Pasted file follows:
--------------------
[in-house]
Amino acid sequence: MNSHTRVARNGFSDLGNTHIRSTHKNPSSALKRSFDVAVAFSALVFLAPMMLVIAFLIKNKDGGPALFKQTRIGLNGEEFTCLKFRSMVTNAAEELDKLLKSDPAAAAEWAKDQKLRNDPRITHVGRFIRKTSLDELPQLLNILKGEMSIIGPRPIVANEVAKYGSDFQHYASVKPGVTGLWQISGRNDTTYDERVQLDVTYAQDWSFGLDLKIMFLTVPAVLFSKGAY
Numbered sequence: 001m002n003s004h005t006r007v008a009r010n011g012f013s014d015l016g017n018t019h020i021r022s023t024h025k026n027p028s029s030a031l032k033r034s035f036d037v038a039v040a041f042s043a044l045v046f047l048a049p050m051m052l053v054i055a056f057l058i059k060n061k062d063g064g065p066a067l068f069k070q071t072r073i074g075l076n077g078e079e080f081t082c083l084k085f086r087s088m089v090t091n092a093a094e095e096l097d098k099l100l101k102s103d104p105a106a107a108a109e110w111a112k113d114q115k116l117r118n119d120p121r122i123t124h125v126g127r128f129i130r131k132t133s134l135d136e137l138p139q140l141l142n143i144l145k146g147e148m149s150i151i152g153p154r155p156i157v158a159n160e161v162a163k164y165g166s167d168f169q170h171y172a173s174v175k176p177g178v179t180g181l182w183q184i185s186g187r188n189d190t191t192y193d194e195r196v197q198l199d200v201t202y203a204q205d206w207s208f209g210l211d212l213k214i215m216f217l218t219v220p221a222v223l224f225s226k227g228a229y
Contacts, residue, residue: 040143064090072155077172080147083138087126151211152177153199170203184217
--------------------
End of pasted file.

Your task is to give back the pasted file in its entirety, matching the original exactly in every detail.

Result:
[in-house]
Amino acid sequence: MNSHTRVARNGFSDLGNTHIRSTHKNPSSALKRSFDVAVAFSALVFLAPMMLVIAFLIKNKDGGPALFKQTRIGLNGEEFTCLKFRSMVTNAAEELDKLLKSDPAAAAEWAKDQKLRNDPRITHVGRFIRKTSLDELPQLLNILKGEMSIIGPRPIVANEVAKYGSDFQHYASVKPGVTGLWQISGRNDTTYDERVQLDVTYAQDWSFGLDLKIMFLTVPAVLFSKGAY
Numbered sequence: 001m002n003s004h005t006r007v008a009r010n011g012f013s014d015l016g017n018t019h020i021r022s023t024h025k026n027p028s029s030a031l032k033r034s035f036d037v038a039v040a041f042s043a044l045v046f047l048a049p050m051m052l053v054i055a056f057l058i059k060n061k062d063g064g065p066a067l068f069k070q071t072r073i074g075l076n077g078e079e080f081t082c083l084k085f086r087s088m089v090t091n092a093a094e095e096l097d098k099l100l101k102s103d104p105a106a107a108a109e110w111a112k113d114q115k116l117r118n119d120p121r122i123t124h125v126g127r128f129i130r131k132t133s134l135d136e137l138p139q140l141l142n143i144l145k146g147e148m149s150i151i152g153p154r155p156i157v158a159n160e161v162a163k164y165g166s167d168f169q170h171y172a173s174v175k176p177g178v179t180g181l182w183q184i185s186g187r188n189d190t191t192y193d194e195r196v197q198l199d200v201t202y203a204q205d206w207s208f209g210l211d212l213k214i215m216f217l218t219v220p221a222v223l224f225s226k227g228a229y
Contacts, residue, residue: 040143064090072155077172080147083138087126151211152177153199170203184217